And when we finally came out of the tunnel, it felt so good to see things the way they are. And that is when I realised that we (gifted with the ability to see things) often complicate LIFE and so fail to see things the way they are. We complicate all things, relationships, emotions and thoughts and in the process hurt everyone involved. But then LIFE is all about perceptions and stereotypes, isn't it? And, I guess that's what complicates it. So if you are the one who thinks your way of life couldn't have been more complex, then I suggest you come to Hyderabad and visit 'Dialogue in the Dark'. The 45 minutes spent here will change the way you look at things or at least keep reminding you that you are still any day better off than the Blind guides working here the hard way to lead a dignified way of life!!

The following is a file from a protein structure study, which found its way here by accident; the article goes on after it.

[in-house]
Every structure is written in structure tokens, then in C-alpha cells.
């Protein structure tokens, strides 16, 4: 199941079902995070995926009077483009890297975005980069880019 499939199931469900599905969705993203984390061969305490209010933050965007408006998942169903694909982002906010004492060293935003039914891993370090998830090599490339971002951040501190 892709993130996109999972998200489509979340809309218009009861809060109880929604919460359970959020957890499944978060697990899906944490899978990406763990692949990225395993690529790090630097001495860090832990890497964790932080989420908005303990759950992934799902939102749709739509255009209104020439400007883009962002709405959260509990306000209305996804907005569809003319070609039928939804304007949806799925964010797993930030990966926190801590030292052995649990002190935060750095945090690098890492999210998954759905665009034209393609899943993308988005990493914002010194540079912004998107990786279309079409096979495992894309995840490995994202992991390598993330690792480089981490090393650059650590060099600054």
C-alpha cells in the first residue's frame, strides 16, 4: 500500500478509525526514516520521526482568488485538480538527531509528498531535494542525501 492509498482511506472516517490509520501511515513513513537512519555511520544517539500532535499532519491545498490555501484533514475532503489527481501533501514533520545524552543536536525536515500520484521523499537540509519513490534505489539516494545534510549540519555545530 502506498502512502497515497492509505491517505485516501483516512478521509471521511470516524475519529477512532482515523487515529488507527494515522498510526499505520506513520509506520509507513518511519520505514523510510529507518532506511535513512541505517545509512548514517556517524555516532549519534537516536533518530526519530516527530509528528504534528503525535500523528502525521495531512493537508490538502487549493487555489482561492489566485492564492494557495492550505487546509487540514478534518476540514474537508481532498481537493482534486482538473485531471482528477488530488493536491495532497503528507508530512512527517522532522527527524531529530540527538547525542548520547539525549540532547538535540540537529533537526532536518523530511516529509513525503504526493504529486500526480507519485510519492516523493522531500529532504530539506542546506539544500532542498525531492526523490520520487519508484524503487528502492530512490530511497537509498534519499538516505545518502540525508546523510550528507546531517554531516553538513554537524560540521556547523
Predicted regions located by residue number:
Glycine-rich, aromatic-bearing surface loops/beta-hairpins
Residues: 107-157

signing off,
'A grateful fool'

Wednesday, February 1, 2012

WIMWI's rendezvous with February!!

Hi folks,

    It was exactly an year ago that I remember saying to myself 'Now or Never'. My roller coaster ride at WIMWI was coming to a close and one could sense the seriousness in the air within the campus. Yes, it was the month of placements; something where you literally witness what 'Cut throat competition' actually is. Some of your peers start playing games, you would never have imagined of. And the one who comes out of this melee, unscathed becomes the true survivor of the ultimate 20 month battle that students every year face in WIMWI.